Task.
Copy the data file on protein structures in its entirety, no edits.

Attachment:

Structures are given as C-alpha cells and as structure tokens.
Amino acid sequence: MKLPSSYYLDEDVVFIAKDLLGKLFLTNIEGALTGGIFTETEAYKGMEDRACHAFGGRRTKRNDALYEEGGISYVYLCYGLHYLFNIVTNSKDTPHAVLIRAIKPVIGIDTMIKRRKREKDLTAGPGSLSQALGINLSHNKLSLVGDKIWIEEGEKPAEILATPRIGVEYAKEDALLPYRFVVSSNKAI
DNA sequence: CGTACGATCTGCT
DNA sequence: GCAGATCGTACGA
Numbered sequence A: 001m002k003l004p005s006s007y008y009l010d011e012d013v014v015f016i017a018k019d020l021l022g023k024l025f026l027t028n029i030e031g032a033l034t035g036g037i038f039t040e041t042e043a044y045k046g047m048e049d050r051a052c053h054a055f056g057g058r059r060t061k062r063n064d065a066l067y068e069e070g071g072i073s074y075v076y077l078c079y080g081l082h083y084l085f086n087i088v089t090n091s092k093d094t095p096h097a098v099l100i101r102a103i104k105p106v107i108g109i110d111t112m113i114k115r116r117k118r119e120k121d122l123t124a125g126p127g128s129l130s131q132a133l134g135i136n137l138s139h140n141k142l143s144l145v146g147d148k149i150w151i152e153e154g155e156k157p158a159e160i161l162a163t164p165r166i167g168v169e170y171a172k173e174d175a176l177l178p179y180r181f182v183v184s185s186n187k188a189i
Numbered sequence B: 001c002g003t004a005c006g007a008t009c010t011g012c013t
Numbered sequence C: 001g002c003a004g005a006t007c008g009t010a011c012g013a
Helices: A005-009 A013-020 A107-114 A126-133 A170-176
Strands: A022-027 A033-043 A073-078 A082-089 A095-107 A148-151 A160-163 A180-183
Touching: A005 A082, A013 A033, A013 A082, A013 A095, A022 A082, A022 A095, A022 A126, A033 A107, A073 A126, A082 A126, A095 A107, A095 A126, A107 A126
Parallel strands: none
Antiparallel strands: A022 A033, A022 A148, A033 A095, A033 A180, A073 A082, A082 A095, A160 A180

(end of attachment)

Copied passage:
Structures are given as C-alpha cells and as structure tokens.
Amino acid sequence: MKLPSSYYLDEDVVFIAKDLLGKLFLTNIEGALTGGIFTETEAYKGMEDRACHAFGGRRTKRNDALYEEGGISYVYLCYGLHYLFNIVTNSKDTPHAVLIRAIKPVIGIDTMIKRRKREKDLTAGPGSLSQALGINLSHNKLSLVGDKIWIEEGEKPAEILATPRIGVEYAKEDALLPYRFVVSSNKAI
DNA sequence: CGTACGATCTGCT
DNA sequence: GCAGATCGTACGA
Numbered sequence A: 001m002k003l004p005s006s007y008y009l010d011e012d013v014v015f016i017a018k019d020l021l022g023k024l025f026l027t028n029i030e031g032a033l034t035g036g037i038f039t040e041t042e043a044y045k046g047m048e049d050r051a052c053h054a055f056g057g058r059r060t061k062r063n064d065a066l067y068e069e070g071g072i073s074y075v076y077l078c079y080g081l082h083y084l085f086n087i088v089t090n091s092k093d094t095p096h097a098v099l100i101r102a103i104k105p106v107i108g109i110d111t112m113i114k115r116r117k118r119e120k121d122l123t124a125g126p127g128s129l130s131q132a133l134g135i136n137l138s139h140n141k142l143s144l145v146g147d148k149i150w151i152e153e154g155e156k157p158a159e160i161l162a163t164p165r166i167g168v169e170y171a172k173e174d175a176l177l178p179y180r181f182v183v184s185s186n187k188a189i
Numbered sequence B: 001c002g003t004a005c006g007a008t009c010t011g012c013t
Numbered sequence C: 001g002c003a004g005a006t007c008g009t010a011c012g013a
Helices: A005-009 A013-020 A107-114 A126-133 A170-176
Strands: A022-027 A033-043 A073-078 A082-089 A095-107 A148-151 A160-163 A180-183
Touching: A005 A082, A013 A033, A013 A082, A013 A095, A022 A082, A022 A095, A022 A126, A033 A107, A073 A126, A082 A126, A095 A107, A095 A126, A107 A126
Parallel strands: none
Antiparallel strands: A022 A033, A022 A148, A033 A095, A033 A180, A073 A082, A082 A095, A160 A180